He wore me out, so much so, I couldn’t wait to search the wide world web for information.


Classical conditioning (also known as Pavlovian conditioning) is – 

learning through association and was discovered by Pavlov, a Russian physiologist. In simple terms – two stimuli are linked together to produce a new learned response in a person of animal.

Simply Psychology

Pavlov discovered that any object a dog learns to associate with food would trigger the same response.

Harley’s devoted attention to the patients was actually triggered and driven by the treats he received when he entered a particular unit. It has since become something he expects when he enters ALL units.


The more I read – the more I drank but the more I also wanted to learn, especially when I found information about reversing classical conditioning.

I already understood how we got here. But now I wanted to know how do we get rid of this behavior. 

Interestingly enough, there’s a reverse side to classical conditioning. It’s called “counterconditioning.”

I can reduce the intensity of a conditioned response by establishing a incompatible response to the conditioned stimulus.


But REALLY – what in the Doodle does that mean?

It means that the unwanted response doesn’t actually disappear. I need to replace it with a new, wanted response. In essence – I’m trying to “up the ante” with a better reward then him receiving a treat from the nurses.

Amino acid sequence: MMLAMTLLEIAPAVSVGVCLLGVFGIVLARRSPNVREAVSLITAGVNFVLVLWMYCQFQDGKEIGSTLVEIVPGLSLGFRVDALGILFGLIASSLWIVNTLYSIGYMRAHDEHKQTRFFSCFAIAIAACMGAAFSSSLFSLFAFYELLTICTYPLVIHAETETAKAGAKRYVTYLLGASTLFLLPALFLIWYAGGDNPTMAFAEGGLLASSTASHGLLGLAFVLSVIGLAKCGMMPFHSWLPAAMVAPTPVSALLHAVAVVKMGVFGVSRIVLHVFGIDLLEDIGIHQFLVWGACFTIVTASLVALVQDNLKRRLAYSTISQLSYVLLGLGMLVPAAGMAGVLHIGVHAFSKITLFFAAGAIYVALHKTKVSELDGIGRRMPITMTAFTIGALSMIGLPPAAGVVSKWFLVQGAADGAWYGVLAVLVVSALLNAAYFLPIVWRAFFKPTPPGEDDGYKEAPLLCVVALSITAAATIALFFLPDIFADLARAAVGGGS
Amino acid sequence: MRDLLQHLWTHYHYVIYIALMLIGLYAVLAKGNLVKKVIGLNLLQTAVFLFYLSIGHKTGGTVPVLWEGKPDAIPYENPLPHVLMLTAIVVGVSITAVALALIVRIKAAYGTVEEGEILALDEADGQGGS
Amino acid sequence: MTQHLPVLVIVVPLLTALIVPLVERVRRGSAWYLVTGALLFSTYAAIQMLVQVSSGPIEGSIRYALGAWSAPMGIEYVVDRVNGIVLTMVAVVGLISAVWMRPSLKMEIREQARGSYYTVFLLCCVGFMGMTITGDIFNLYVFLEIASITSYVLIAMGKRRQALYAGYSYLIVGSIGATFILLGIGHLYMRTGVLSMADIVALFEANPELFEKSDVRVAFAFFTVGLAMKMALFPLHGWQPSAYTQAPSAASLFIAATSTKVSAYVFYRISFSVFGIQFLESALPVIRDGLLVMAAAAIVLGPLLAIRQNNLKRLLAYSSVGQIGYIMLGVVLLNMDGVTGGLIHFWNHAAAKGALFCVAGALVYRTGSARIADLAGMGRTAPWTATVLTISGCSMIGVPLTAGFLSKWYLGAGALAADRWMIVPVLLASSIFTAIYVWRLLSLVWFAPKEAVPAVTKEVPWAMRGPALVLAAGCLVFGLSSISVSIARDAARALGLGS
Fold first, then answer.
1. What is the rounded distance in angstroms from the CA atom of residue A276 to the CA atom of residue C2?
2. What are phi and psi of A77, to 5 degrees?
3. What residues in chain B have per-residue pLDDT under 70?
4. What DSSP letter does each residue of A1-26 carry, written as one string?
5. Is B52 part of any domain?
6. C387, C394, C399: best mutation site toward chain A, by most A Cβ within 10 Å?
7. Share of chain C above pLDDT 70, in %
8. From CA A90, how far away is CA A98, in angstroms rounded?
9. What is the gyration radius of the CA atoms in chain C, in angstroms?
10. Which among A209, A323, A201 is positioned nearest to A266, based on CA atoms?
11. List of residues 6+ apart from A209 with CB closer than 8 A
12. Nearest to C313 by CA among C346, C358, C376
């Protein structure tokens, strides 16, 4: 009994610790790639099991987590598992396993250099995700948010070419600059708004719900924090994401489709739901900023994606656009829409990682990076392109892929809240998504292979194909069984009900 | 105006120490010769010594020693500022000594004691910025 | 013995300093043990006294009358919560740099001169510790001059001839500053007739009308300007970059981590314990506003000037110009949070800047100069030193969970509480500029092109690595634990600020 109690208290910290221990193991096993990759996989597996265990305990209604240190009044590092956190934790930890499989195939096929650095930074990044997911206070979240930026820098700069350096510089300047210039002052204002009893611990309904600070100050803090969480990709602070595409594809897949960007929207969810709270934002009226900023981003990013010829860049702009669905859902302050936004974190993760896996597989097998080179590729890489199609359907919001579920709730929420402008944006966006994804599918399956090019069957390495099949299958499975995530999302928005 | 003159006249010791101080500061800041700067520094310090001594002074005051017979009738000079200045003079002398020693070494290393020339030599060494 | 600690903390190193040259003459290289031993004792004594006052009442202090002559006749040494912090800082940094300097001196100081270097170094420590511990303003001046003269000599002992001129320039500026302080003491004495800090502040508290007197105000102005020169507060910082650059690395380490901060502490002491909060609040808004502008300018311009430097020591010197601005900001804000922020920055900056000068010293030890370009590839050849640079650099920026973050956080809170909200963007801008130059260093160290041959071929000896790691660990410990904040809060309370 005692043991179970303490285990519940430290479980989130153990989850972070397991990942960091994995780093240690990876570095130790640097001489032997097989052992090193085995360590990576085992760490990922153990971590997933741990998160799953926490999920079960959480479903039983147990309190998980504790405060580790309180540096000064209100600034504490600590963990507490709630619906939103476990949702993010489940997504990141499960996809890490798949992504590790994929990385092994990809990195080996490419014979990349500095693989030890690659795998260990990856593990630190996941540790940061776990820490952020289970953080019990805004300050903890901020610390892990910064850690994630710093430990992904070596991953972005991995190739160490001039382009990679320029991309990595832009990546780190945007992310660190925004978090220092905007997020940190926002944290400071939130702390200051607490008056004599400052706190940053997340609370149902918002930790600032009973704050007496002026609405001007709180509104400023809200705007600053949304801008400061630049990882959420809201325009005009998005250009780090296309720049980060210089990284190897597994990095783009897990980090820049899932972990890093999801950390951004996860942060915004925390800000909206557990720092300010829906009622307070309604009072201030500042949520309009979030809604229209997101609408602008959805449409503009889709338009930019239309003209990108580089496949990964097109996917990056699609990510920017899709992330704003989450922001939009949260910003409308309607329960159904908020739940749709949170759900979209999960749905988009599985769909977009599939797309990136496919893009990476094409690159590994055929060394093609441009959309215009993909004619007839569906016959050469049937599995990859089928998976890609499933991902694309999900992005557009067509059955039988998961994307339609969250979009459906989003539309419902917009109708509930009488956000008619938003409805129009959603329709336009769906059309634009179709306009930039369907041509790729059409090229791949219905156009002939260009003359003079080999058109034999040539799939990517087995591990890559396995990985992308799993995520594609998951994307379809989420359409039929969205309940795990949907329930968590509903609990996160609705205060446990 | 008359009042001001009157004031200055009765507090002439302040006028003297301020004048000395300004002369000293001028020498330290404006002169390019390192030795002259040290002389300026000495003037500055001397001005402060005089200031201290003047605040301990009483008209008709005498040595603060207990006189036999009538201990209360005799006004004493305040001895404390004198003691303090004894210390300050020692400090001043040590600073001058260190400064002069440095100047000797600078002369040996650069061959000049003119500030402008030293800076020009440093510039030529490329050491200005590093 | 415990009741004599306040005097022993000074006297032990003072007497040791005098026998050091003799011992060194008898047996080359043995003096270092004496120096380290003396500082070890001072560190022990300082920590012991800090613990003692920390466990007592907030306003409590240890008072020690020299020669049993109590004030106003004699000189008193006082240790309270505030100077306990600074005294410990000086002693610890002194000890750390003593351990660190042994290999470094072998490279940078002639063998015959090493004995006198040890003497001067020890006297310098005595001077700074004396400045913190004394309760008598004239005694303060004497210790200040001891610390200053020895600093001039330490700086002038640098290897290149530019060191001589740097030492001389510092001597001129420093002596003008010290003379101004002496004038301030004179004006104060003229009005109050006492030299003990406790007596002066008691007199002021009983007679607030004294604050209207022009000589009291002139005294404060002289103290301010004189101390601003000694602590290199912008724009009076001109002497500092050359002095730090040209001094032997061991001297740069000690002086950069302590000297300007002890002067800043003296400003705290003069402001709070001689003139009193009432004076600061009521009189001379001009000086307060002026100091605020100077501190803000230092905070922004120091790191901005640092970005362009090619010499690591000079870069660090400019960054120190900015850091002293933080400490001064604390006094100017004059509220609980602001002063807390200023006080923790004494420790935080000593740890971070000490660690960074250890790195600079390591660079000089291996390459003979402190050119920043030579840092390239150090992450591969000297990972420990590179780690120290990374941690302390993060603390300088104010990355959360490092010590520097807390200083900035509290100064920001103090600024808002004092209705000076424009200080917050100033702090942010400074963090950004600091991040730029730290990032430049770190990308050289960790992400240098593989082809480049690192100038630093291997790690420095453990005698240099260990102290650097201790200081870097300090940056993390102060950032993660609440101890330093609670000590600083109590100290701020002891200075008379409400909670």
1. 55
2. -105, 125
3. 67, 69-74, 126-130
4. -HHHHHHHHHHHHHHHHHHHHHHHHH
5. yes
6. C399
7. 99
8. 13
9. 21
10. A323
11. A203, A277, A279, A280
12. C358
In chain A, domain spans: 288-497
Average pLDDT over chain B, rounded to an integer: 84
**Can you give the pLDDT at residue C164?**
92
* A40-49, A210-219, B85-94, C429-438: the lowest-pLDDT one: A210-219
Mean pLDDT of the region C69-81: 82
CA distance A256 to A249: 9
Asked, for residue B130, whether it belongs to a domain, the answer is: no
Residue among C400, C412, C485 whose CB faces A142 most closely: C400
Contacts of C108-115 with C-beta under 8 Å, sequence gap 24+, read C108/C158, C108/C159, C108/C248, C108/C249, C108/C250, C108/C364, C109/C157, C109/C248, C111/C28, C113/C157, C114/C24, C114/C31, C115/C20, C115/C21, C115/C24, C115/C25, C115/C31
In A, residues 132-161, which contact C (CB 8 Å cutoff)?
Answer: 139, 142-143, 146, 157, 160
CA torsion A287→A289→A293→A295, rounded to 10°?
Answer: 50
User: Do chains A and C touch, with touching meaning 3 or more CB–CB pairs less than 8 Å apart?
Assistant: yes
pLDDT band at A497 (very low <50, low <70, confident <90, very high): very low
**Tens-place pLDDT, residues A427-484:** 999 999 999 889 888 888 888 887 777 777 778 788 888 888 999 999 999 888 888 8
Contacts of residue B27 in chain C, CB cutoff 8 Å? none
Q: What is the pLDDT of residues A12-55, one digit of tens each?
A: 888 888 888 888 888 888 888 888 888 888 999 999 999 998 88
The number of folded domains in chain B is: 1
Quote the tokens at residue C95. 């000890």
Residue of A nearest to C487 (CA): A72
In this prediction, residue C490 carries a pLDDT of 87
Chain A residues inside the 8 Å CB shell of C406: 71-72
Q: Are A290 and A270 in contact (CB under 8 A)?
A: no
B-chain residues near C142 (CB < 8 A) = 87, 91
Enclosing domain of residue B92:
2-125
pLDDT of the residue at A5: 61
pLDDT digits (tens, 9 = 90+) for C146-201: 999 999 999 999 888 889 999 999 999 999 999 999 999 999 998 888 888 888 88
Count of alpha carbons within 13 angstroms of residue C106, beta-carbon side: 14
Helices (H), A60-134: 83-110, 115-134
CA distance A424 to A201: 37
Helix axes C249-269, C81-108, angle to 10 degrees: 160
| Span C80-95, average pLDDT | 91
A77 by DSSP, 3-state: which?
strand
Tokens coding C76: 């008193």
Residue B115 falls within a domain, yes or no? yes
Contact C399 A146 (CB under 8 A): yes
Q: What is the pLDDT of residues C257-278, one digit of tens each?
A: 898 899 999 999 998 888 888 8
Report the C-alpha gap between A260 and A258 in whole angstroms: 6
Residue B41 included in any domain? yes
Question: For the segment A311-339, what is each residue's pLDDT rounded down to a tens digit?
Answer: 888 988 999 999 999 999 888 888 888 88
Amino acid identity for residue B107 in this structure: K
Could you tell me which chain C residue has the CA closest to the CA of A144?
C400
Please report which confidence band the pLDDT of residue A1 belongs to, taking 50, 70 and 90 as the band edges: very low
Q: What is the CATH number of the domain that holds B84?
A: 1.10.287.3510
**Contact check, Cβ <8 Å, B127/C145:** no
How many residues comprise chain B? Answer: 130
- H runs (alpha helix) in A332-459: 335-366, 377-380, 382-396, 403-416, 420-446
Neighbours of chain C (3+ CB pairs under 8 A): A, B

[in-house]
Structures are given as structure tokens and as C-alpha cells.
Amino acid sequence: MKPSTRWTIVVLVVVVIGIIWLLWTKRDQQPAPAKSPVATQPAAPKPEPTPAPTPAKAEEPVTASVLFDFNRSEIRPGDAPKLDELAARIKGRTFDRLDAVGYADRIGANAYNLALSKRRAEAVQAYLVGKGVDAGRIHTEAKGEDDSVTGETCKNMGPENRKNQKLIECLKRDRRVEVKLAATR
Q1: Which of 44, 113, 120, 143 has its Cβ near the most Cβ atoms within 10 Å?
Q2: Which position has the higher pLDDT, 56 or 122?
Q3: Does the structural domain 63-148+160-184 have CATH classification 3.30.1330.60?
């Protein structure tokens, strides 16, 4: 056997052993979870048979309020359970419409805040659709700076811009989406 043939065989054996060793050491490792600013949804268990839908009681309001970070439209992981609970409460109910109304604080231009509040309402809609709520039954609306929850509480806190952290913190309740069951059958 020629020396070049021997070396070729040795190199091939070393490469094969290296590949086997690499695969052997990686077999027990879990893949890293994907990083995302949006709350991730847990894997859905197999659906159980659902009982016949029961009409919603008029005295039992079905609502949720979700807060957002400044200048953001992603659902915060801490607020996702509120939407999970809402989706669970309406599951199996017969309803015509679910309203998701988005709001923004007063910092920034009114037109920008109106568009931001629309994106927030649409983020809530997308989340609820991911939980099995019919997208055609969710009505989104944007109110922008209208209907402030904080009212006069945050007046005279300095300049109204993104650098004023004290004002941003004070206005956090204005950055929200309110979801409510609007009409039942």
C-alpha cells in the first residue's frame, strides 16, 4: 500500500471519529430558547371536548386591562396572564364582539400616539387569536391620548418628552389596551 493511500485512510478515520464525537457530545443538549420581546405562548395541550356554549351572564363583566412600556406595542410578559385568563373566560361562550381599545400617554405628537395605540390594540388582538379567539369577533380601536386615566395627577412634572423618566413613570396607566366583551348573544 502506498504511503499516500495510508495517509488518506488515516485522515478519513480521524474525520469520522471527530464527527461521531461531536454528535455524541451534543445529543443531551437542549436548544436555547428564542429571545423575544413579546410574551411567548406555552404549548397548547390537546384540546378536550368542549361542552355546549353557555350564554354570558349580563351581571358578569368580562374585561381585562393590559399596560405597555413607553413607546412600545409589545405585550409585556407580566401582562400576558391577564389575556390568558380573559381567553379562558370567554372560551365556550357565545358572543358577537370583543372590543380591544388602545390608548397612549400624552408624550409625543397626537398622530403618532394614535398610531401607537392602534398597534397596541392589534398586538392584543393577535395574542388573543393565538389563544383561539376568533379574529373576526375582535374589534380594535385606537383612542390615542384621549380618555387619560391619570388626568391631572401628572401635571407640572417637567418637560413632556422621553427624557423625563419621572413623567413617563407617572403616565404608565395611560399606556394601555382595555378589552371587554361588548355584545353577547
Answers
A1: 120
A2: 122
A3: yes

Since this is all new, I don’t have all the answers yet, This solution is truly a work in progress!


At the end of the day, I know Harley enjoys visiting the patients…

Not sure whose happier – Harley or the patient 🙂

AND the incredible medical staff…

EVERYONE wants puppy love!

He makes a difference when he’s there, and I have no intentions of discontinuing his work as a therapy dog. 

Giving the reversal technique much thought – I may be able to “up the ante” by taking these steps – 

  • continue to prohibit the nurses from giving him treats

And when that becomes a learned behavior – 

  • increase the praise when he does what he is supposed to do

And when that becomes an acceptable reward –

  • provide treats myself once we return back in my office

One can only try. 

Monday here we come…

How he starts his week…

Any suggestions would be greatly appreciated.

If you’re reading this then I hope something good happens to you today ❤️

  • Jennifer Teston
    August 25, 2019

    Can’t wait to see Harley this week! Treat or no treat.

    • Cathy Bennett
      August 25, 2019

      Just give him loads of love Jennifer – nothing but loads of love. I will be down there one day with him (except Wed – I didn’t forget!) – much love my friend 🙂

  • Monika, Sam & Elsa
    August 26, 2019